Monday, 10 September 2012

What kind of King is Christ?

Guest post by theologian Paolo Castellina on Q&A 45 of the Westminster Catechism:
Question 44. In what way does Christ act as a King?

Answer: Christ executes the office of a king, in calling out of the world a people to himself, and giving them officers, laws, and censures, by which he visibly governs them; in bestowing saving grace upon his elect, rewarding their obedience, and correcting them for their sins, preserving and supporting them under all their temptations and sufferings, restraining and overcoming all their enemies, and powerfully ordering all things for his own glory, and their good; and also in taking vengeance on the rest, who know not God, and obey not the gospel.[Catechism of Westminster, D / R 45 ].


It is very important to know what constitutes the mission of the Saviour Jesus Christ according to what the Scriptures reveal to us. Their careful examination reveals that this is His mission is summarized in the three functions of Prophet, Priest and King , as it is prefigured in the Old Testament and explained the whole of the New.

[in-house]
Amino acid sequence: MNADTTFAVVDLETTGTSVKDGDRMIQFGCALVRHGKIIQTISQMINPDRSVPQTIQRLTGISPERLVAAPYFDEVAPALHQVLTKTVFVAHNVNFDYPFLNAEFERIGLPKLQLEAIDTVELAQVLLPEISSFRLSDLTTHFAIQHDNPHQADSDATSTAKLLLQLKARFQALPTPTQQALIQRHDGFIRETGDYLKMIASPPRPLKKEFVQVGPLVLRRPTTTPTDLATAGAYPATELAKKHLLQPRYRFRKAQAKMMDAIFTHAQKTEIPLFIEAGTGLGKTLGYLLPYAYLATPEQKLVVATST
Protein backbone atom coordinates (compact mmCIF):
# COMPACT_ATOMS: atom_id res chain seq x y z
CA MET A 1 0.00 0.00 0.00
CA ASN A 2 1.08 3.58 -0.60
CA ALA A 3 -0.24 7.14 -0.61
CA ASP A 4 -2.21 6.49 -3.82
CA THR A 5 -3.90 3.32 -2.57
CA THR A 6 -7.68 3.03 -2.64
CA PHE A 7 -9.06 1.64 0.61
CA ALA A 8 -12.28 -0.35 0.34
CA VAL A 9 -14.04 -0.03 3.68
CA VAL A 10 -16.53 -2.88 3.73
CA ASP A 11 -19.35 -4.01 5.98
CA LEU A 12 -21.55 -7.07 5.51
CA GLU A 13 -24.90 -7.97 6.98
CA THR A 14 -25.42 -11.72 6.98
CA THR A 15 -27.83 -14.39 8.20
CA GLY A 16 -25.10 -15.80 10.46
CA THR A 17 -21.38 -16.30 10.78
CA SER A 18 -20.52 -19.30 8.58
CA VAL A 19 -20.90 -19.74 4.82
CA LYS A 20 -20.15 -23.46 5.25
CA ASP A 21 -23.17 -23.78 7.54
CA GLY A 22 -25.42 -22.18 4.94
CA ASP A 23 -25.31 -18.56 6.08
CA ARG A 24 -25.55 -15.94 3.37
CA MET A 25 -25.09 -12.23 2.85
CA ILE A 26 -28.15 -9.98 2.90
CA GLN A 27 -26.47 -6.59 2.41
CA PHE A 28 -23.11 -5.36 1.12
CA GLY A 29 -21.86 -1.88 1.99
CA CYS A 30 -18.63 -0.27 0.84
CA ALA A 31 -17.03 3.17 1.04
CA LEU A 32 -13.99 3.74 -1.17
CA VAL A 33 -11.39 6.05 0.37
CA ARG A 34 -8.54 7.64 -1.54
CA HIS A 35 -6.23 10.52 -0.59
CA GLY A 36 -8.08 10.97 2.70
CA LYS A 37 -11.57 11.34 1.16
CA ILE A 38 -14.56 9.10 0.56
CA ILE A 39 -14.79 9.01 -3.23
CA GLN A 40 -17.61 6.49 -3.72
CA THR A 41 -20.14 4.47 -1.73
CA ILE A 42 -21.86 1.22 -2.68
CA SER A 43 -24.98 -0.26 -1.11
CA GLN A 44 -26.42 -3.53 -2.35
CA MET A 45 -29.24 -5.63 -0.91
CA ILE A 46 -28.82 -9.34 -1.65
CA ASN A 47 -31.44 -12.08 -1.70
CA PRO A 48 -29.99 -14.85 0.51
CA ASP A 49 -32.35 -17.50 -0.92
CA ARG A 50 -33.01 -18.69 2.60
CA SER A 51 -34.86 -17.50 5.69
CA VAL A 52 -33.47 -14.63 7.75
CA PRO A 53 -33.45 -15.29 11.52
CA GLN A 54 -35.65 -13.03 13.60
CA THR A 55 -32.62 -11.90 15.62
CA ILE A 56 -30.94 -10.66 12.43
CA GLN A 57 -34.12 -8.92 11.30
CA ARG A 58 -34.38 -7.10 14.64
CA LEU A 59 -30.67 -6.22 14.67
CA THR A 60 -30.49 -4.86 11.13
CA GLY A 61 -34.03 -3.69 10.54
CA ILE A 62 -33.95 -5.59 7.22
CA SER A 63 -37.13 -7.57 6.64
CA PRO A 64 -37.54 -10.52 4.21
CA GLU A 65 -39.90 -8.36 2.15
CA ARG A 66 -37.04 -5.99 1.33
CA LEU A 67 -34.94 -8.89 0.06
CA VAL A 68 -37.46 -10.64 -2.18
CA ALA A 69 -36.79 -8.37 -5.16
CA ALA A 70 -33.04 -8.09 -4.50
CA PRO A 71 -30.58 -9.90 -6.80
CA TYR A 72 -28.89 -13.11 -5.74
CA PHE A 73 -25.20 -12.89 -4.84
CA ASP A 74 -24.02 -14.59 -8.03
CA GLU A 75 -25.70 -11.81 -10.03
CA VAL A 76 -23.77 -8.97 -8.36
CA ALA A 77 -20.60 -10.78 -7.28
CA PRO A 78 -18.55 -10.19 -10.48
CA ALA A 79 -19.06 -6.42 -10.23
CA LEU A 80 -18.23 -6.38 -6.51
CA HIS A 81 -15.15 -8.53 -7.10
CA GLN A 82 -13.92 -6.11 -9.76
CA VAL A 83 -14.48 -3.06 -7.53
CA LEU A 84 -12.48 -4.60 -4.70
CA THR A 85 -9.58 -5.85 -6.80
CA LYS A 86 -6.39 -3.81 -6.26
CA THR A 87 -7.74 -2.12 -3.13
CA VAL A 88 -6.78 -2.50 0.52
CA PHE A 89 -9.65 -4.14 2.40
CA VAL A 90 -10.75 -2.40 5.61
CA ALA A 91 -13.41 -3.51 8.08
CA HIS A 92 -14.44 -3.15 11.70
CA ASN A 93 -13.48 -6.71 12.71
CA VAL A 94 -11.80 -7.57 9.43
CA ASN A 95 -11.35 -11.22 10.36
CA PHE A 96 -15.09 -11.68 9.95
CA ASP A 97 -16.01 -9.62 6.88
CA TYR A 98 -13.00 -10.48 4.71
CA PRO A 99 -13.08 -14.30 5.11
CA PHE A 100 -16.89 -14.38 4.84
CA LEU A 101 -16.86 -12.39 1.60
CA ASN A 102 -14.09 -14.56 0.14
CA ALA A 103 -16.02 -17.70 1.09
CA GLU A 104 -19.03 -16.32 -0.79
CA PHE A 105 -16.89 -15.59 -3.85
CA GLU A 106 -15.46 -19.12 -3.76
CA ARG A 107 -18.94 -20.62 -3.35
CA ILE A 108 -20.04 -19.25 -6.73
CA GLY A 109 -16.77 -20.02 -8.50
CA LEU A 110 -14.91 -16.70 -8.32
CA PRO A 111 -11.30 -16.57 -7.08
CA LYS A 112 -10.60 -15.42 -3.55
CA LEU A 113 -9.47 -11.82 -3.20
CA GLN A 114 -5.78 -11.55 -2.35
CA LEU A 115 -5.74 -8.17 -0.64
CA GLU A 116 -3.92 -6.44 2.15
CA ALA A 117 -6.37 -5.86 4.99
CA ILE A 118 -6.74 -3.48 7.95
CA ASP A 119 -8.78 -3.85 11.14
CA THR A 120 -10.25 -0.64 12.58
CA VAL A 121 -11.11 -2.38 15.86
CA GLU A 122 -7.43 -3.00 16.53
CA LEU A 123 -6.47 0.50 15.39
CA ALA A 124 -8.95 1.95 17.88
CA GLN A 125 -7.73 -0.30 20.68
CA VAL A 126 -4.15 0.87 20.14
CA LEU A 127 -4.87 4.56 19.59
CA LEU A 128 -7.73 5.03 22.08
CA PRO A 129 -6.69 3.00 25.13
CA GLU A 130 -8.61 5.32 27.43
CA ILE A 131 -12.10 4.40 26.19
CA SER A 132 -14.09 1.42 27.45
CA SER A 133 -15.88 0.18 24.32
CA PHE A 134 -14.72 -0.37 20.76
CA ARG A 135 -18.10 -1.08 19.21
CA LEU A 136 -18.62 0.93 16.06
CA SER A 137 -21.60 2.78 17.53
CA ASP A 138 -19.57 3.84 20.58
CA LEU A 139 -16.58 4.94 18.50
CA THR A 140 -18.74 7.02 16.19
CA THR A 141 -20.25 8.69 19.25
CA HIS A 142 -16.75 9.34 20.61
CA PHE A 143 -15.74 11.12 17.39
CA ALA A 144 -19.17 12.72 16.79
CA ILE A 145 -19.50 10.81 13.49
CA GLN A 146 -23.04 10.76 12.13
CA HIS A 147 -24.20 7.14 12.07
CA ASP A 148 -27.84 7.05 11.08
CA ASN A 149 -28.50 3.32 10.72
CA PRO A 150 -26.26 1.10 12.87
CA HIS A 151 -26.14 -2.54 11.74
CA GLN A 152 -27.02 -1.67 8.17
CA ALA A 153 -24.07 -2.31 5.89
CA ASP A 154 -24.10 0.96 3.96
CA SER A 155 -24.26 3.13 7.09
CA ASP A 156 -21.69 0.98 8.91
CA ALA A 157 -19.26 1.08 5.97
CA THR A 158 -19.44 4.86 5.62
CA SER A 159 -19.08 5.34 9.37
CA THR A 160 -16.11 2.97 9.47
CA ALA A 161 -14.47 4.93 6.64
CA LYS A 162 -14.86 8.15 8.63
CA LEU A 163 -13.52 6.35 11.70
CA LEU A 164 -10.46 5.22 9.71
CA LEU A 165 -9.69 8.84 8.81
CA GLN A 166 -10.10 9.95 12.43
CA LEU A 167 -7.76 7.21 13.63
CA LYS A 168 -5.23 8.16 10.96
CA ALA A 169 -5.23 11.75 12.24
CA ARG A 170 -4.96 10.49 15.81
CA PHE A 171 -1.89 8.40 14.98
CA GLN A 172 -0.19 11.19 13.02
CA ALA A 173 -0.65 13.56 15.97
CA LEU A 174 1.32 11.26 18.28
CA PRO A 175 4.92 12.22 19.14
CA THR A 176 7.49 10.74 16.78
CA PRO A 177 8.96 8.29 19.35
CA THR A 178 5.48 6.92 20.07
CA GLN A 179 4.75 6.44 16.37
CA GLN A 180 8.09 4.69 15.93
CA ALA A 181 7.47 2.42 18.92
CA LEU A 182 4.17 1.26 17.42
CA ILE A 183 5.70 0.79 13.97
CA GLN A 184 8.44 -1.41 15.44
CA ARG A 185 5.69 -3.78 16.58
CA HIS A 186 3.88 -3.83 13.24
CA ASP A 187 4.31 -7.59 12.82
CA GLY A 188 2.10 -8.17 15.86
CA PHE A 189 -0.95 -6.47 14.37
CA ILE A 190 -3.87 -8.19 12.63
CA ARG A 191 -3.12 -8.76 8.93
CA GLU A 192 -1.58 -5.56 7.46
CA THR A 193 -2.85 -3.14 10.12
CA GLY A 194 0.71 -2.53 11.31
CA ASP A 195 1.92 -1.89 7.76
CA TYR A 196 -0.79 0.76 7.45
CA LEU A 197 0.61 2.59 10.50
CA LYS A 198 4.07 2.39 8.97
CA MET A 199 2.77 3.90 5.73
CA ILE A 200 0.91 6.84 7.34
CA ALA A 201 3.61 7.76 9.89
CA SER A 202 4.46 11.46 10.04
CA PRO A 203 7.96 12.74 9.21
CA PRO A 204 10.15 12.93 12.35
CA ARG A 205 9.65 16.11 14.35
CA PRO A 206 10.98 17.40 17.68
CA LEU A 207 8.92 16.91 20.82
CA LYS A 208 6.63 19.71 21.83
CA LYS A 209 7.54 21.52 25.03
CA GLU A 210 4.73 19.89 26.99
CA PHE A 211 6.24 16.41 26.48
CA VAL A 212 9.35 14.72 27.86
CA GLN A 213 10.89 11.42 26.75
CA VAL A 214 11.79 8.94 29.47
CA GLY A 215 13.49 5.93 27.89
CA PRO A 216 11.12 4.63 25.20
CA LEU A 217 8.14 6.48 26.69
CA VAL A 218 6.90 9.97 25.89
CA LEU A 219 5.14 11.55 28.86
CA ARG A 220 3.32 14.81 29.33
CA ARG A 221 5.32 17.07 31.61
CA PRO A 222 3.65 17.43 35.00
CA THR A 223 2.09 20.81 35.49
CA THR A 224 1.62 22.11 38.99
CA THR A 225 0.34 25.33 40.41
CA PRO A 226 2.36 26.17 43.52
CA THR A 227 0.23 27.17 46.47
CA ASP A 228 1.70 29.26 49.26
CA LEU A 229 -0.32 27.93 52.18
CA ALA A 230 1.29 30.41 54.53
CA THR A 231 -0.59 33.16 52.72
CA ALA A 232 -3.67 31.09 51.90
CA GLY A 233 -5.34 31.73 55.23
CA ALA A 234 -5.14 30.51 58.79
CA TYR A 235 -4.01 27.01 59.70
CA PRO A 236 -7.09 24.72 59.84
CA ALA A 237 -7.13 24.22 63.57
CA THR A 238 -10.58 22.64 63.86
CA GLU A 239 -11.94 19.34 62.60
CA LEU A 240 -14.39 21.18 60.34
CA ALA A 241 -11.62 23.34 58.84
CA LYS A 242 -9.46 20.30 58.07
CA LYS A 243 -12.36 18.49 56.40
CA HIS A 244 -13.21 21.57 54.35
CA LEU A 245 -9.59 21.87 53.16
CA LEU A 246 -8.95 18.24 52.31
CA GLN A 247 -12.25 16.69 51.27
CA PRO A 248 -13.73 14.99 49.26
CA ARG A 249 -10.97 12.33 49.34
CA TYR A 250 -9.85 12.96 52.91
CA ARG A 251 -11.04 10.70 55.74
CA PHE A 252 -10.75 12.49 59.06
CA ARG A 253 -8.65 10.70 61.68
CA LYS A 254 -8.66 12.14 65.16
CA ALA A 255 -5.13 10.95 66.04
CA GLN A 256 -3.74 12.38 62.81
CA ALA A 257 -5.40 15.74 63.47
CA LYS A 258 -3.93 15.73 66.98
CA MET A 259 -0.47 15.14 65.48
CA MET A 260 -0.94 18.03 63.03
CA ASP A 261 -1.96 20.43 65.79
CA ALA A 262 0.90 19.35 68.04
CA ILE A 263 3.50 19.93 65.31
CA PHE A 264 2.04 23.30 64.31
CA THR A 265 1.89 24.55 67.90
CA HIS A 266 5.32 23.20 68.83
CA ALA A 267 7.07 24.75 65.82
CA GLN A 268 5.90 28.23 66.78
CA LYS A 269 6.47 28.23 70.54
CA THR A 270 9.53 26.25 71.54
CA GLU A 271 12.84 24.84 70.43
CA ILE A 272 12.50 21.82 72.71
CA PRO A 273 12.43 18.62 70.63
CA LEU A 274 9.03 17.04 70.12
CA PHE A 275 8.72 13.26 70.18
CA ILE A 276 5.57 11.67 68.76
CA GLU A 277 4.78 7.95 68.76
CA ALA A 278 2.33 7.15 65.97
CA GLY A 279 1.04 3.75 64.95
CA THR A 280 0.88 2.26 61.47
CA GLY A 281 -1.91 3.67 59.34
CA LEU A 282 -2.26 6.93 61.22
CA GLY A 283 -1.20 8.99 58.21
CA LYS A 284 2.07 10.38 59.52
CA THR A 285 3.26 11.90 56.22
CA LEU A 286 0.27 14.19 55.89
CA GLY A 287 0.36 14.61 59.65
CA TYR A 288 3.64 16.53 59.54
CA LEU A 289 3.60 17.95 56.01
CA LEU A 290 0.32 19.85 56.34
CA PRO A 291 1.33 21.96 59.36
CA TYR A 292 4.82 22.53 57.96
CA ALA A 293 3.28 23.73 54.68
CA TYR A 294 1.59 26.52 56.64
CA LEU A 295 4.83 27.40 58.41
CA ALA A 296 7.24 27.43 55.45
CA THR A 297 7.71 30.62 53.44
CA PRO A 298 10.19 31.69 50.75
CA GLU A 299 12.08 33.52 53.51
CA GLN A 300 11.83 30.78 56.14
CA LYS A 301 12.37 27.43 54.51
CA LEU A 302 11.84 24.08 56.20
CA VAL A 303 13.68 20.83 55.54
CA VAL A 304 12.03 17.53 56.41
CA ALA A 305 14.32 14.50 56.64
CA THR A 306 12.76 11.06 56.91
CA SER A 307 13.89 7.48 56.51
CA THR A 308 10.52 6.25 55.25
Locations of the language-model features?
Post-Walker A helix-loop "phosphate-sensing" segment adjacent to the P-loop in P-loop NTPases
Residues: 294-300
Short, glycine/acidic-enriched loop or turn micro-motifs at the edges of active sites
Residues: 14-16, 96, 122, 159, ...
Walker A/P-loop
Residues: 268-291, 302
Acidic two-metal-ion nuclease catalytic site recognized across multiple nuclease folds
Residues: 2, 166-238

We have already considered the functions of Christ as Prophet and Priest. Today we consider what constitutes His function as King. Significant in this regard is the question of Pilate and Jesus' response: "Then Pilate said to him," But then, you are a king? "Jesus answered," You say they are king, I was born for this, and for this I came into the world '" (John 18:37).

When we think of the function of a "king" of course we must not think of the modern monarchies, but consider how the figure of the king be characterized in the ancient Israel, especially in its symbolic and prophetic . In any case, "re" stands for "government," the government of a nation, its functions and prerogatives. We think, therefore, relating to the risen Jesus, who, before His ascension "... came and spake unto them, saying," All authority has been given in heaven and on earth "(Matthew 28:18). This authority has been conferred by God Himself, as His law: "talking about the Son he says," Your throne, O God, is for ever and ever, and the scepter of thy kingdom is a scepter of righteousness. Thou hast loved righteousness, and you hated the ' iniquity: therefore God, your God, has anointed you with the oil of gladness above thy fellows. '" (Hebrews 1:8-9).